Even by music industry standards, publishing is a pretty small world: It’s an ultra-specialized area of the business and a tight community where pretty much everyone knows each other. But although the two co-chairs of Warner Chappell Music Publishing — former Sony/ATV president of worldwide creative Guy Moot and former SONGS publishing partner Carianne Marshall — are well-known and very well-respected executives, it’s perhaps surprising that they didn’t know each other very well before they found themselves running one of the world’s biggest music publishing houses together, effective the beginning of last month. Yet as we see below, all of that’s changing fast.

The two bring formidable and diverse experience and skills to their new roles. The British-born Moot is a 30-plus-year veteran who comes from the world’s largest music publishing company (he joined SBK Publishing in 1987 and rose through the ranks as it merged with EMI, and then EMI was acquired by Sony/ATV) and over the years has signed Amy Winehouse, Lana Del Rey, Mark Ronson, Arctic Monkeys, Arcade Fire, StarGate, Sia, Paul Epworth and many others. Long based in London, he is moving to Los Angeles in the summer but will travel frequently between the two offices.

Marshall, on the other hand, comes from a small but powerhouse indie: Over the course of just 12 years, SONGS — where she was partner — signed Lorde, The Weeknd, Diplo, DJ Mustard and many others, and was sold to Kobalt last year for $150 million. In that role, she oversaw the creative-licensing staff responsible for placing compositions by the company’s writers in film, television, commercials, video games, and other visual media; previously she held film/TV-related roles at Universal and DreamWorks Music Publishing. She was brought into Warner Chappell last year as COO, just weeks before then-CEO Jon Platt announced he was leaving to take over for former boss Martin Bandier at Sony/ATV.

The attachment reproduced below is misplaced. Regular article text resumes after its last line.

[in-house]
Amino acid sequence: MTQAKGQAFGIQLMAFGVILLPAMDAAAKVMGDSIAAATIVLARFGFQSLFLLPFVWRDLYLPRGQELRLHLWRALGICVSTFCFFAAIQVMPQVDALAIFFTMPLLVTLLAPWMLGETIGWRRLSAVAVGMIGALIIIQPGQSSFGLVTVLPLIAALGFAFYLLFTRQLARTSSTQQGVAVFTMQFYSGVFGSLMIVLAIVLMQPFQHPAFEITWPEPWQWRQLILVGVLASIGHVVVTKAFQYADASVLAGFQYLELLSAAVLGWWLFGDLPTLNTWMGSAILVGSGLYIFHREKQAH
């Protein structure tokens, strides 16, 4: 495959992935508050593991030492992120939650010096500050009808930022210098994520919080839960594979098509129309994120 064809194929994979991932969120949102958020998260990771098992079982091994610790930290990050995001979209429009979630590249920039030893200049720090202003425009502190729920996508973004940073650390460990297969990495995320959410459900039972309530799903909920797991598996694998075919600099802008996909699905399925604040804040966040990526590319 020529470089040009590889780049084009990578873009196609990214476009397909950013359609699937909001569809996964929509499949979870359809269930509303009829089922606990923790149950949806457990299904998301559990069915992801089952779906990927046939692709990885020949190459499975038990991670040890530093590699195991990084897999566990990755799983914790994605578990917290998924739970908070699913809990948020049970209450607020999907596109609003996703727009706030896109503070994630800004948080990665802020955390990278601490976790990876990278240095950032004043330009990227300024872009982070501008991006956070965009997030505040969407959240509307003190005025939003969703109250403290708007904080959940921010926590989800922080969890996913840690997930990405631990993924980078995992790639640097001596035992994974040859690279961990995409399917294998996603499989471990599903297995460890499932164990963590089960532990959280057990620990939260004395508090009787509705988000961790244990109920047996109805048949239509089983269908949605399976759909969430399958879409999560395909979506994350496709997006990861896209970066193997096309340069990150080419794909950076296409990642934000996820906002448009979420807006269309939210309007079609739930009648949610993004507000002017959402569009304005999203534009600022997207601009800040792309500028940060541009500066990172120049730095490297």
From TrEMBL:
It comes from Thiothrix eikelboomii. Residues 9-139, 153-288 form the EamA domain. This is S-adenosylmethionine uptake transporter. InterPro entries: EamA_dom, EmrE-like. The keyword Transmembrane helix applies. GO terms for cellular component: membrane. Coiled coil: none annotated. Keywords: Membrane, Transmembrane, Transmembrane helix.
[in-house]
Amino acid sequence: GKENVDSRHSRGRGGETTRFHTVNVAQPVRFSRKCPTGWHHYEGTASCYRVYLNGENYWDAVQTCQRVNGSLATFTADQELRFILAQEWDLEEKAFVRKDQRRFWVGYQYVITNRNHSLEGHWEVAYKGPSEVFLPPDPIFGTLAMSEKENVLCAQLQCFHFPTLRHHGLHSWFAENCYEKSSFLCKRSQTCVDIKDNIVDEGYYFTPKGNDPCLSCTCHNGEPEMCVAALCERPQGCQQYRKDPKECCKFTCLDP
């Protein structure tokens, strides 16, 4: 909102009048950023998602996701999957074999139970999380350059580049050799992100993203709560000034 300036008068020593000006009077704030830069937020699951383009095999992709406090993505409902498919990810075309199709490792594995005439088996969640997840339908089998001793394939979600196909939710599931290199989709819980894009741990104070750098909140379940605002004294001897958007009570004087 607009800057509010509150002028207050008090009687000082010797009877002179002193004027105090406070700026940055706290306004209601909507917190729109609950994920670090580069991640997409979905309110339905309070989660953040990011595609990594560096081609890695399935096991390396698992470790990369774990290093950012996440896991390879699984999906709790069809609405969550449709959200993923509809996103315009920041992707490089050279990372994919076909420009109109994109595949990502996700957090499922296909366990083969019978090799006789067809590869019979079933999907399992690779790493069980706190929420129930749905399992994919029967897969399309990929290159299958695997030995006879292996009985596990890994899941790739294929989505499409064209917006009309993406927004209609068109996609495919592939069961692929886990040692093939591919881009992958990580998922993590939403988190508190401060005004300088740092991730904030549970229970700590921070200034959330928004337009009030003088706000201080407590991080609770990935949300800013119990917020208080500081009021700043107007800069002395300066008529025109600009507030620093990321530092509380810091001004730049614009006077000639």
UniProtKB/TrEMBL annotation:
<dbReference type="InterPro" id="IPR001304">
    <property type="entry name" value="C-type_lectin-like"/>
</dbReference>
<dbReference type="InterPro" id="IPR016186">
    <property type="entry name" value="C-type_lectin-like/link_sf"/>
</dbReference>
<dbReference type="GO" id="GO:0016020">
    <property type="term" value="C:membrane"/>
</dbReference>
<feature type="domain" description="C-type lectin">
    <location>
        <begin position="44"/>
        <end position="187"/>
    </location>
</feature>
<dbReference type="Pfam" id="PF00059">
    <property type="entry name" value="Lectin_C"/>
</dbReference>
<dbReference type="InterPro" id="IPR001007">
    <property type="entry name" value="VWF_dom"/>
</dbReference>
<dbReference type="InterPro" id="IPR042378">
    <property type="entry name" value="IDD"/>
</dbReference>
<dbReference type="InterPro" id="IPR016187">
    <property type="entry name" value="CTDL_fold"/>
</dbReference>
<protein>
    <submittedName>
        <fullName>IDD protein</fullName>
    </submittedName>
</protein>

And with Moot and Marshall announcing that Ryan Press is now the company’s U.S. president of A&R, it’s a whole new world at Warner Chappell — literally, as the company recently moved into Warner Music’s new offices in Downtown Los Angeles, unveiled a new logo and (gasp!) even dropped the slash punctuation from Warner/Chappell, so it’s now Warner Chappell. Variety caught up with the pair last week from those offices.

What does this new logo say about the company and what you want to achieve?
Moot: For me, it’s contemporary and classic at the same time. We wanted a logo that our songwriters would be proud to wear on a piece of clothing, and so far everybody’s been very positive about it, including the artists. We can see it on hoodies as well as on skateboards [laughter]. It’s the first rebrand of Warner Chappell in over 30 years, so it’s really an external expression of what we want to do as a global company looking forward. We want to dream big with our songwriters and create the future together.

Marshall: The songwriters are our daily inspiration and we take the responsibility of being the custodians of amazing copyrights really seriously. Obviously, we have a new leadership team and a new office, but we wanted to make sure that the logo represented our entire journey and approach. We wanted it to show that our songwriters’ creativity is our reason for being.